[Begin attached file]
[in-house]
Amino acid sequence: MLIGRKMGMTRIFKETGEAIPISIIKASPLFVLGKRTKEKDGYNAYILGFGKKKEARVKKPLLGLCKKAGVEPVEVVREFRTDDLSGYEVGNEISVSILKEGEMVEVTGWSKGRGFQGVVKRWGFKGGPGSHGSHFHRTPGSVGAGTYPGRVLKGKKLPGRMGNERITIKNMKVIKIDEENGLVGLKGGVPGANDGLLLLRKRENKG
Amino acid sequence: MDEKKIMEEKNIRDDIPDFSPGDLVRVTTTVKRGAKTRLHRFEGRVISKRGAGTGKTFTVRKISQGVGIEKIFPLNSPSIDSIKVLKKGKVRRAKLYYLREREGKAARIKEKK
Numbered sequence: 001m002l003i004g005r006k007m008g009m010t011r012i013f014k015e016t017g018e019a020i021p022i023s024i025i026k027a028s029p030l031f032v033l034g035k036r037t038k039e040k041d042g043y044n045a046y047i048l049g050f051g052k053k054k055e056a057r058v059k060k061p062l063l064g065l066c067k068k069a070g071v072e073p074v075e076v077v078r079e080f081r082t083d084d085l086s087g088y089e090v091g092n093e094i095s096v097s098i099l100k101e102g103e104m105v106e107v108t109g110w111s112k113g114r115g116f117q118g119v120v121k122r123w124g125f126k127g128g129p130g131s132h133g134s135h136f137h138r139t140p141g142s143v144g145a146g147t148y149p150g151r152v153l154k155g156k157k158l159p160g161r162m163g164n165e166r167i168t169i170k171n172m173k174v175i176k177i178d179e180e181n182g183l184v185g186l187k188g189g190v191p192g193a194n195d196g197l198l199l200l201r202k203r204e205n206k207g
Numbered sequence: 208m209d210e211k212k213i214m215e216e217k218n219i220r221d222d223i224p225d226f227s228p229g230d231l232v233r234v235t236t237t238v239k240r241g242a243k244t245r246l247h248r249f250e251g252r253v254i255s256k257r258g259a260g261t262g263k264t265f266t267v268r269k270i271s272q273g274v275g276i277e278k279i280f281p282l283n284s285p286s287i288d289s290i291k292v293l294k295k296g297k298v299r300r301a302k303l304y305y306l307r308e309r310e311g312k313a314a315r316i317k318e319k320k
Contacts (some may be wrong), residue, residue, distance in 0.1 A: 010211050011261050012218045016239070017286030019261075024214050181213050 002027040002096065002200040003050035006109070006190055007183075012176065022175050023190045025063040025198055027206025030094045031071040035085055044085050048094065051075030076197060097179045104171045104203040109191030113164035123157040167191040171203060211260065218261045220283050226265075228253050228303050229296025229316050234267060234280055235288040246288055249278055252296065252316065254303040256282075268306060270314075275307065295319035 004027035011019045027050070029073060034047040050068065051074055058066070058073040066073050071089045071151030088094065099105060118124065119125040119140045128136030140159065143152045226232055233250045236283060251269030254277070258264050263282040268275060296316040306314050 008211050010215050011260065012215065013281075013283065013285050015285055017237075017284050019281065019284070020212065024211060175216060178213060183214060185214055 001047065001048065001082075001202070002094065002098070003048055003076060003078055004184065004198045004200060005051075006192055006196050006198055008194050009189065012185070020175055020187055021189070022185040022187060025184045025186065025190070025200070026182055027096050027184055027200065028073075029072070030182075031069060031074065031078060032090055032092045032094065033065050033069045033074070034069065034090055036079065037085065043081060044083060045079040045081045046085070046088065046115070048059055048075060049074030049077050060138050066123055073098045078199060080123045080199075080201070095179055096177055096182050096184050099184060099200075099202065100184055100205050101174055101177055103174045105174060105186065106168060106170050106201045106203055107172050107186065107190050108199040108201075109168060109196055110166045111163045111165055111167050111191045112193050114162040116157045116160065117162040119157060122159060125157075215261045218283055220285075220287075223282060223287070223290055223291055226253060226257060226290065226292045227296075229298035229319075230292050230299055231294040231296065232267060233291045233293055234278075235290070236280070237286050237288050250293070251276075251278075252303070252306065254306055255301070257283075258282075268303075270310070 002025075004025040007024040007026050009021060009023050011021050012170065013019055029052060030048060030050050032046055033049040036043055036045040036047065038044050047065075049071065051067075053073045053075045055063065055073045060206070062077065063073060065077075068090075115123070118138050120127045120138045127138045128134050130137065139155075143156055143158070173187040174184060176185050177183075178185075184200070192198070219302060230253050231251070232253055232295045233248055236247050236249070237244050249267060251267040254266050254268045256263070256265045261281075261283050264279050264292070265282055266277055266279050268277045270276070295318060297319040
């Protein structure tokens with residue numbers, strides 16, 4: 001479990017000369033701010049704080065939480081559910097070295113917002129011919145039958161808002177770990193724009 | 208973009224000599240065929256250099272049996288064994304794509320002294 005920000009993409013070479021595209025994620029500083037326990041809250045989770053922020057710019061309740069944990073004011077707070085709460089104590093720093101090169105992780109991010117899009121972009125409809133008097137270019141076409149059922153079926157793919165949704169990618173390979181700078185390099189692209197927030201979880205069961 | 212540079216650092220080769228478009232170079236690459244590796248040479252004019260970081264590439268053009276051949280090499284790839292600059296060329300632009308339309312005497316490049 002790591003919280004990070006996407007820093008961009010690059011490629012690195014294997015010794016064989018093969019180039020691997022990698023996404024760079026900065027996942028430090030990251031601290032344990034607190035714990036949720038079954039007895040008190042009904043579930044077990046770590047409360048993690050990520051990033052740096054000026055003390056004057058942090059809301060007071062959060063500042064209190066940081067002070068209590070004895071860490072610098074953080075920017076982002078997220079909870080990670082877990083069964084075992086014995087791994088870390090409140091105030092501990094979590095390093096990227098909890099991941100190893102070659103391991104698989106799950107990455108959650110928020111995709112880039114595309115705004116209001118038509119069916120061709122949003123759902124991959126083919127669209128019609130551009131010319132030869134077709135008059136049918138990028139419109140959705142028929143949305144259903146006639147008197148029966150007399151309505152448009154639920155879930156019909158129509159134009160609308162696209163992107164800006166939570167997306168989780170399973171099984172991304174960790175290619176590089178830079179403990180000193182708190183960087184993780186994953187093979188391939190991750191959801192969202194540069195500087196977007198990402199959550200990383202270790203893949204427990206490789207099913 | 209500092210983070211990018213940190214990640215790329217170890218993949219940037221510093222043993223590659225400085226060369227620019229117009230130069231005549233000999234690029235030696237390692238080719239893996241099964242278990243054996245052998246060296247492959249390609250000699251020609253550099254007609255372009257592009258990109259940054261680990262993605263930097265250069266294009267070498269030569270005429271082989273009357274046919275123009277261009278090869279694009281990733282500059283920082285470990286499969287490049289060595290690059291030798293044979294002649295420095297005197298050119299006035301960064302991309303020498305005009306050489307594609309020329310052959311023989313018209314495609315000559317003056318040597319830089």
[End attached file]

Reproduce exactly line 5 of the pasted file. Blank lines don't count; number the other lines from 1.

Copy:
Numbered sequence: 208m209d210e211k212k213i214m215e216e217k218n219i220r221d222d223i224p225d226f227s228p229g230d231l232v233r234v235t236t237t238v239k240r241g242a243k244t245r246l247h248r249f250e251g252r253v254i255s256k257r258g259a260g261t262g263k264t265f266t267v268r269k270i271s272q273g274v275g276i277e278k279i280f281p282l283n284s285p286s287i288d289s290i291k292v293l294k295k296g297k298v299r300r301a302k303l304y305y306l307r308e309r310e311g312k313a314a315r316i317k318e319k320k